There’s at least one state primary school in Australia that’s separating kids into classes according to who has an iPad and who doesn’t.
Their BYOD (Bring Your Own Device) program works like this: Kids in all year levels are free to bring in their own iPads to use in the classroom. It has to be an Apple iPad or iPad mini. Parents buy the devices, kids take them to and from school, and everyone hopes like hell they end the day with screens intact.
Breakages are the responsibility of families.
It’s not compulsory to own an iPad but kids are separated into ‘iPad’ and ‘no iPad classes.’
This school is in an affluent area, and most families support the program. There was lots of discussion and consultation. Some parents though, objected, but ended up buying their kid an iPad because they didn’t want her to feel left out or ‘second class’. Naturally, most kids want to be in an ‘iPad class.’ I know mine would.
Dr Tim Hawkes talks about the lack of parents presence and the link to screen time. (Post continues after audio.)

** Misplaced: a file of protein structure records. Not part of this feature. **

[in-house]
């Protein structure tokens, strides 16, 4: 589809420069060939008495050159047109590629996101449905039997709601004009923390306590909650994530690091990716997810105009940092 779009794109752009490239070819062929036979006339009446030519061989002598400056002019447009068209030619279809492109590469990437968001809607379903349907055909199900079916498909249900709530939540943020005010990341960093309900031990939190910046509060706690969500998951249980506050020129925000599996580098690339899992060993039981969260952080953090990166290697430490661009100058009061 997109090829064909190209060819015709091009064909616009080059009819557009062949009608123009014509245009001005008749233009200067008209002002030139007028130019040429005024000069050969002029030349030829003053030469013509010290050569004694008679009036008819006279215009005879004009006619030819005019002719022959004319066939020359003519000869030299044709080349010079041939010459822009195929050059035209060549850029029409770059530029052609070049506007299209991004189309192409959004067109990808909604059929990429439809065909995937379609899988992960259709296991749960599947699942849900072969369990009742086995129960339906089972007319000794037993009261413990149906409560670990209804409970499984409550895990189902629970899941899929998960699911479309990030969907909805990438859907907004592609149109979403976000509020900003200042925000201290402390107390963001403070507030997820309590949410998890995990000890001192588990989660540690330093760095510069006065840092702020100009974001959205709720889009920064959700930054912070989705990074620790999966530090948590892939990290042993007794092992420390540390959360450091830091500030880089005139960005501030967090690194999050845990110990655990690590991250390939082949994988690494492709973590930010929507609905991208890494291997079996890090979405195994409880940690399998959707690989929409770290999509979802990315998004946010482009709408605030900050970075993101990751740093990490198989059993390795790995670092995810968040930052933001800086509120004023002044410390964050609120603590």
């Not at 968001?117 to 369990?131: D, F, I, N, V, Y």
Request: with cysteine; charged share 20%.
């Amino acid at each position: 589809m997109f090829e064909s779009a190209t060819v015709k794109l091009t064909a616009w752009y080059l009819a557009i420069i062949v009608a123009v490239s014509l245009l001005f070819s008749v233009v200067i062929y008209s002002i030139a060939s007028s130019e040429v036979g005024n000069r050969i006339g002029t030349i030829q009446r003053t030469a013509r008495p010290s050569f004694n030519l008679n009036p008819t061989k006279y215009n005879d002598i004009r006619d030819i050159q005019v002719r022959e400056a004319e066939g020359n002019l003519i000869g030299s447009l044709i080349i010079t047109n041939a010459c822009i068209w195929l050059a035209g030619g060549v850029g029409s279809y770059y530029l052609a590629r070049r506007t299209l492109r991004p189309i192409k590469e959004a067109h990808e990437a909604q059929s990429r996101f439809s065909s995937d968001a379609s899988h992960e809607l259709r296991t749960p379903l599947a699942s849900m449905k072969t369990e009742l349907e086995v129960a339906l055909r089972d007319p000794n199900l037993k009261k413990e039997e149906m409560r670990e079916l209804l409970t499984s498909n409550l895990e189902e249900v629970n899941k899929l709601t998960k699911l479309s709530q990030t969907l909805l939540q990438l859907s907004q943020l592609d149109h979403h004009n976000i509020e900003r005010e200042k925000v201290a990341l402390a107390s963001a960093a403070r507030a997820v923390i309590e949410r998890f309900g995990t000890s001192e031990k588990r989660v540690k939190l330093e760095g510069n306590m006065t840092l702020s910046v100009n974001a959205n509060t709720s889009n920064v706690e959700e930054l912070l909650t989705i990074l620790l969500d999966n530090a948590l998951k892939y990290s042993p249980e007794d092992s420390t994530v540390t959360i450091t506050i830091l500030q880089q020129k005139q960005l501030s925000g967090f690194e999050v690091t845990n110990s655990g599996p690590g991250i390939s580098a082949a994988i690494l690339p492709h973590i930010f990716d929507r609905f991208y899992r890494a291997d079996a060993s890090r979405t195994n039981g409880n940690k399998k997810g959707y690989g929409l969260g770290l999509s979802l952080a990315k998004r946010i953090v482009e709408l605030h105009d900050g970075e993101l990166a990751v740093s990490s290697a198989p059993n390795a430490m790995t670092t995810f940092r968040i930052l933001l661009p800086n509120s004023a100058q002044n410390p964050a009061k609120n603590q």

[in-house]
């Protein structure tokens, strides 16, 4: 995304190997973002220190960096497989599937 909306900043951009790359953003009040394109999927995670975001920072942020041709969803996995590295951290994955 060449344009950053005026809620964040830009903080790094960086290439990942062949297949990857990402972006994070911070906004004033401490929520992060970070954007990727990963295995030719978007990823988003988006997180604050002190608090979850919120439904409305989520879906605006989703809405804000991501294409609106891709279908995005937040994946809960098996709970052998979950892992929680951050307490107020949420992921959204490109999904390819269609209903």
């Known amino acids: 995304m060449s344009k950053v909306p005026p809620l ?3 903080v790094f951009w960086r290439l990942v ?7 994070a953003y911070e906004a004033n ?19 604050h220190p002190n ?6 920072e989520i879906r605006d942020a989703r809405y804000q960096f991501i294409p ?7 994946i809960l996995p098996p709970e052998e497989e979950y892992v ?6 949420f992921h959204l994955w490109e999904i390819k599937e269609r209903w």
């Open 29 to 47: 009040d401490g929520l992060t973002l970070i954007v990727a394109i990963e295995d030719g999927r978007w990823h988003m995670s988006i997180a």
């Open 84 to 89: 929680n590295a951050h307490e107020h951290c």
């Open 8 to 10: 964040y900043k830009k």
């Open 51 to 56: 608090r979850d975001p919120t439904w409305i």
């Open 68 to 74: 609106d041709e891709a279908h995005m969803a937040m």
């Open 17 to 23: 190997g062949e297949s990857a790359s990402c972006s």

Some families can’t afford iPads, some simply don’t want their kids using them in the classroom but most are going with the flow.
One parent I know opted for her kids to be in iPad free classes (although they will use school-owned devices in the library, music etc). She’s a teacher, and the cost of buying four shiny new iPads wasn’t outweighed by educational benefits. Her older boy will need a laptop when he starts high school next year, so it didn’t make sense to jump aboard the iPad train. They have iPads and laptops at home so she don’t consider they’ll be ‘left behind’. I think she’s wise, and quite brave.
Look, I’m not Amish. We have our share of iDevices and certainly I have a (mild) addiction to mine but I think this school’s plan is wrong.
I have no problem with iPads being used at school, or Bring Your Own Device programs in high school or private schools where families know all along what they’re up for, but to divide kids into classes according to device ownership seems discriminatory, even if it’s theoretically optional.
Most schools, public and private, are grappling with how to handle the divisive issue of devices. Is it the school’s responsibility to supply them? The government’s? The family’s? Should all kids have the same kind of device and at what age or year should they become compulsory?